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MIA@PIT: Polanco hits an RBI single to take the lead

PITTSBURGH -- The Pirates were without their star center fielder Tuesday night, but that is not what bit them. It was the absence of their setup man.

The Marlins scored five times in the eighth -- the tying and go-ahead runs coming on bases-loaded walks by Justin Wilson -- and came back to beat the Bucs, 6-3, at PNC Park. The Marlins sent 11 hitters to the plate and the Pirates went through four relievers in the deciding frame.

Usual eighth-inning pitcher Tony Watson was unavailable after pitching an inning in all three of the Bucs' games in Arizona this past weekend -- including a 22-pitch showing on Sunday -- before the team's off-day on Monday. An All-Star, the lefty has a 1.52 ERA, 1.050 WHIP and 25 holds in 52 games this season.

"[Watson] was just not going to pitch tonight," Pirates manager Clint Hurdle said. "That was predetermined before the game. He was not in a position to pitch."

Jared Hughes took over for starter Charlie Morton in the eighth with a 2-1 lead. Hughes got one out before issuing a walk to Giancarlo Stanton on four pitches.

"I got to get ahead in the count right there, I got to," said Hughes, who was charged with the loss. "Walking the tying run with nobody on base, it's going to come back to get you, and it did today."

Casey McGehee followed Stanton's walk by reaching on an error by third baseman Josh Harrison, ending Hughes' night. Wilson entered the game and faced three batters. Pinch-hitter Jeff Baker singled, and the next two -- Marcell Ozuna and Jarrod Saltalamacchia -- drew walks with the bags full to send Wilson off the mound to an unhappy crowd.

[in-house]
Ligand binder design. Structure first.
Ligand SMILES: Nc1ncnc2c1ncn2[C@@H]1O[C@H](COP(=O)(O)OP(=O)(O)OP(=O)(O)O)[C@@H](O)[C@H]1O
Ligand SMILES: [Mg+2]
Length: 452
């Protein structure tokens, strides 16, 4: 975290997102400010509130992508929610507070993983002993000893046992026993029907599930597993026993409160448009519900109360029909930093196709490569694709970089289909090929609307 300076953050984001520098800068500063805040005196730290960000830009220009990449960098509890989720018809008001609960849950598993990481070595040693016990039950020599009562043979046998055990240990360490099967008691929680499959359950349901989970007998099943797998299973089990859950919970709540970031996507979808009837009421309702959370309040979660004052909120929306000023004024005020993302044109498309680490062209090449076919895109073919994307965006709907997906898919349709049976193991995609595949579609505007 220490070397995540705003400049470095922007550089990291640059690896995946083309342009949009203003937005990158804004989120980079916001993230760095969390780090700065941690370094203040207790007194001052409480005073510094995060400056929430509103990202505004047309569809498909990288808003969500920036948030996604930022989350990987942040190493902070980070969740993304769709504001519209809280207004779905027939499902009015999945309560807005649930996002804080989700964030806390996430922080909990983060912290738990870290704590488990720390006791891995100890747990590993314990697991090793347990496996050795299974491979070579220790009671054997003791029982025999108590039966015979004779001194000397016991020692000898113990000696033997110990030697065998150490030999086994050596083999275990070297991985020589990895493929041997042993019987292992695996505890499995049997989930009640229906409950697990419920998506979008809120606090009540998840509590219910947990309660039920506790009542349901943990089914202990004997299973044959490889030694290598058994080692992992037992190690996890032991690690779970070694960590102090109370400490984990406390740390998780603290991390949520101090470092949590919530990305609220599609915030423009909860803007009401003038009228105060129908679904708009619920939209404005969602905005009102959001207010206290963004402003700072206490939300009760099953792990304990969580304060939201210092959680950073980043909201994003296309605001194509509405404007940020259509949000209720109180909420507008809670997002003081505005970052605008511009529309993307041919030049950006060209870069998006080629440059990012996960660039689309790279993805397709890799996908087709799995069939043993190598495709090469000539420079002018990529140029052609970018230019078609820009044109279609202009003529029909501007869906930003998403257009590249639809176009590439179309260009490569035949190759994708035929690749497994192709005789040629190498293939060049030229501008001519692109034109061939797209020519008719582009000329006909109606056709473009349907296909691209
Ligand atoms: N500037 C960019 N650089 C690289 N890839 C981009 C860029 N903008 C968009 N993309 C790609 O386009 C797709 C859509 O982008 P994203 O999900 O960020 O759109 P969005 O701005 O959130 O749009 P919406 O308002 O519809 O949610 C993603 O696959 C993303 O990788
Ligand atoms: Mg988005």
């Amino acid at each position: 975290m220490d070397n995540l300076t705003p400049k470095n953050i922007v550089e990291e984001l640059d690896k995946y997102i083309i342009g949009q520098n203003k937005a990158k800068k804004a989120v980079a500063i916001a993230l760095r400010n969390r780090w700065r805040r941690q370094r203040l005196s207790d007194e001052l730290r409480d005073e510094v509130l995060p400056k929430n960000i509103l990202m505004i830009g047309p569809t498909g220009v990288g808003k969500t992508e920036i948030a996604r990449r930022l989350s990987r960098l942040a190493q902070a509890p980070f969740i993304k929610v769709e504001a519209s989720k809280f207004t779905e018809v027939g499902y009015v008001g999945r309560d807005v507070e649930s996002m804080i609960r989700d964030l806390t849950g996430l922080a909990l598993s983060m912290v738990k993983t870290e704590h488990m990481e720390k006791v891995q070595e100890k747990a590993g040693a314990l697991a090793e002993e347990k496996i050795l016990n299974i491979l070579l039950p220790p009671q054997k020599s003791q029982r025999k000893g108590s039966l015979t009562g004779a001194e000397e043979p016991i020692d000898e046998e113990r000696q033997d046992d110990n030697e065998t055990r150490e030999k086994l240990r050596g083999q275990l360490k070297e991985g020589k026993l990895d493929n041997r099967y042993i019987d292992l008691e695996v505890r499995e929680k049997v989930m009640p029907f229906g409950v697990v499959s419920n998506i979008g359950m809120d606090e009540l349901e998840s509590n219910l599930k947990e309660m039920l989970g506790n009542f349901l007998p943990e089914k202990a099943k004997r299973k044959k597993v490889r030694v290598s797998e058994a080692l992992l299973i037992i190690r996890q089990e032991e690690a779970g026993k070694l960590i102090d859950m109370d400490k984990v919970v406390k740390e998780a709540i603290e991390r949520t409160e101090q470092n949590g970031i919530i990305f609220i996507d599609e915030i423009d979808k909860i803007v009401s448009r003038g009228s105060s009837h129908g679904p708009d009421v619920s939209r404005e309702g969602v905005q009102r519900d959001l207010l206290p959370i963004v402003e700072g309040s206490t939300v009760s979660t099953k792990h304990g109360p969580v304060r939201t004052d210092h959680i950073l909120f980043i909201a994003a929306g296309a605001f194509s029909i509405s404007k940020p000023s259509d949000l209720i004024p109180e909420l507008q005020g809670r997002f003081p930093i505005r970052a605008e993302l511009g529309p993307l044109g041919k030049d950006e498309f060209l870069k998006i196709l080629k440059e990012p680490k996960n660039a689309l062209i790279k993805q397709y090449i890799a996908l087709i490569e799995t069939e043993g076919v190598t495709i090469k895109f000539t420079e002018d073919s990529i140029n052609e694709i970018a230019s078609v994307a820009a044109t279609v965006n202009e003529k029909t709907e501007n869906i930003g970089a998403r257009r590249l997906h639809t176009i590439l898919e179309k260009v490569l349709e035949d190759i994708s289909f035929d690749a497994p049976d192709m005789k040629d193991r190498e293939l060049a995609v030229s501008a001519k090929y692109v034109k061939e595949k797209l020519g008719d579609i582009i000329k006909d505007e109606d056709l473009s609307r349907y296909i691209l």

The inning managed to go further downhill for the Pirates' bullpen. Jeanmar Gomez gave up two hits and an RBI groundout, as three more runs scored. Finally, Stolmy Pimental came in and ended the quagmire with a three-pitch strikeout of Stanton with the bases loaded.

The Pirates' final eighth-inning pitching line was: five runs (three earned runs) three hits, four walks, 42 pitches (21 strikes), four pitchers.

"There were walks involved, there was an error," Hurdle said. "We just didn't get the things done that we needed to get done with a one-run lead."

On the flip side, Marlins manager Mike Redmond, whose team drew eight walks in the game, said his team had "great at-bats" to reverse their fortunes late in the contest.

"I don't think we're known for a team that takes a lot of walks," Redmond said. "We were able to zone it up and be patient at times when we needed it."

The bullpen breakdown spoiled an effective outing from Morton. The sinkerballer gave up just one run in seven frames, scattering six hits and striking out four.

The only run against Morton came in the fourth inning when former Pirates first baseman Garret Jones singled and Ozuna drove him in with a double. Morton also worked around four free passes of his own, and he was aided by double plays in the fourth and sixth innings.

"Tonight, for the most part, I was lucky and had some great plays made behind me," Morton said. "And I made some pitches in key situations to get some double plays."

Gregory Polanco slapped what at the time was the go-ahead single in the seventh inning to score Neil Walker, but that was long forgotten by the time the top half of the eighth concluded. The other sources of Pirates' offense came on a Jordy Mercer double in the third to open the scoring and a Chris Stewart RBI single in the ninth.

Polanco was the last batter for Miami starter Brad Hand, who kept the Pirates quiet and had three 1-2-3 innings. Hand lasted 6 1/3, allowed two runs on six hits, struck out four and walked one.

Starling Marte was activated from the seven-day concussion disabled list earlier in the day and got the start in center field with Andrew McCutchen sidelined with a fractured rib. Marte went 1-for-4 and scored a run in his first game since July 21.

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